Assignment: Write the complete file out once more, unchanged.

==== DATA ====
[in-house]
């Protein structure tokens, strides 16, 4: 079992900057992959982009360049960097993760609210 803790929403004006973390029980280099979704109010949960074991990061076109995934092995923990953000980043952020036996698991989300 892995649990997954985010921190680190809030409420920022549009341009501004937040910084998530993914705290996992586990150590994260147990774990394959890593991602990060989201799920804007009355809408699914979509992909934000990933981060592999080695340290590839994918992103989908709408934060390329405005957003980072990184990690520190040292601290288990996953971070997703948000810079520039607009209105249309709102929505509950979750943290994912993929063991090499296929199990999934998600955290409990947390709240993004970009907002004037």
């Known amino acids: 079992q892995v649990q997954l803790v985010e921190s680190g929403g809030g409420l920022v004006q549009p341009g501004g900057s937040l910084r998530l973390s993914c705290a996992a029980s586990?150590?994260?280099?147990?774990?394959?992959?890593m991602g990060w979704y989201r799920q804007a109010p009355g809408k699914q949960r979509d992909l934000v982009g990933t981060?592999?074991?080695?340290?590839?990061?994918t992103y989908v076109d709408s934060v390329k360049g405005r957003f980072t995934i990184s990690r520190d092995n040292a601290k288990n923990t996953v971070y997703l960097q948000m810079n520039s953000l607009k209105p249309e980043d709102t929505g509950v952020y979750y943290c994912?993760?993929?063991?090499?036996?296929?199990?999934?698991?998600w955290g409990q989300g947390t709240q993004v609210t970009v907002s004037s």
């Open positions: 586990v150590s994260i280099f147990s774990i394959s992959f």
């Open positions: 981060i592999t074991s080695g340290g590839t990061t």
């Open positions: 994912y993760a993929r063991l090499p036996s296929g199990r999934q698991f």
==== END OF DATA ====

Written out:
[in-house]
């Protein structure tokens, strides 16, 4: 079992900057992959982009360049960097993760609210 803790929403004006973390029980280099979704109010949960074991990061076109995934092995923990953000980043952020036996698991989300 892995649990997954985010921190680190809030409420920022549009341009501004937040910084998530993914705290996992586990150590994260147990774990394959890593991602990060989201799920804007009355809408699914979509992909934000990933981060592999080695340290590839994918992103989908709408934060390329405005957003980072990184990690520190040292601290288990996953971070997703948000810079520039607009209105249309709102929505509950979750943290994912993929063991090499296929199990999934998600955290409990947390709240993004970009907002004037």
């Known amino acids: 079992q892995v649990q997954l803790v985010e921190s680190g929403g809030g409420l920022v004006q549009p341009g501004g900057s937040l910084r998530l973390s993914c705290a996992a029980s586990?150590?994260?280099?147990?774990?394959?992959?890593m991602g990060w979704y989201r799920q804007a109010p009355g809408k699914q949960r979509d992909l934000v982009g990933t981060?592999?074991?080695?340290?590839?990061?994918t992103y989908v076109d709408s934060v390329k360049g405005r957003f980072t995934i990184s990690r520190d092995n040292a601290k288990n923990t996953v971070y997703l960097q948000m810079n520039s953000l607009k209105p249309e980043d709102t929505g509950v952020y979750y943290c994912?993760?993929?063991?090499?036996?296929?199990?999934?698991?998600w955290g409990q989300g947390t709240q993004v609210t970009v907002s004037s």
């Open positions: 586990v150590s994260i280099f147990s774990i394959s992959f």
């Open positions: 981060i592999t074991s080695g340290g590839t990061t």
């Open positions: 994912y993760a993929r063991l090499p036996s296929g199990r999934q698991f």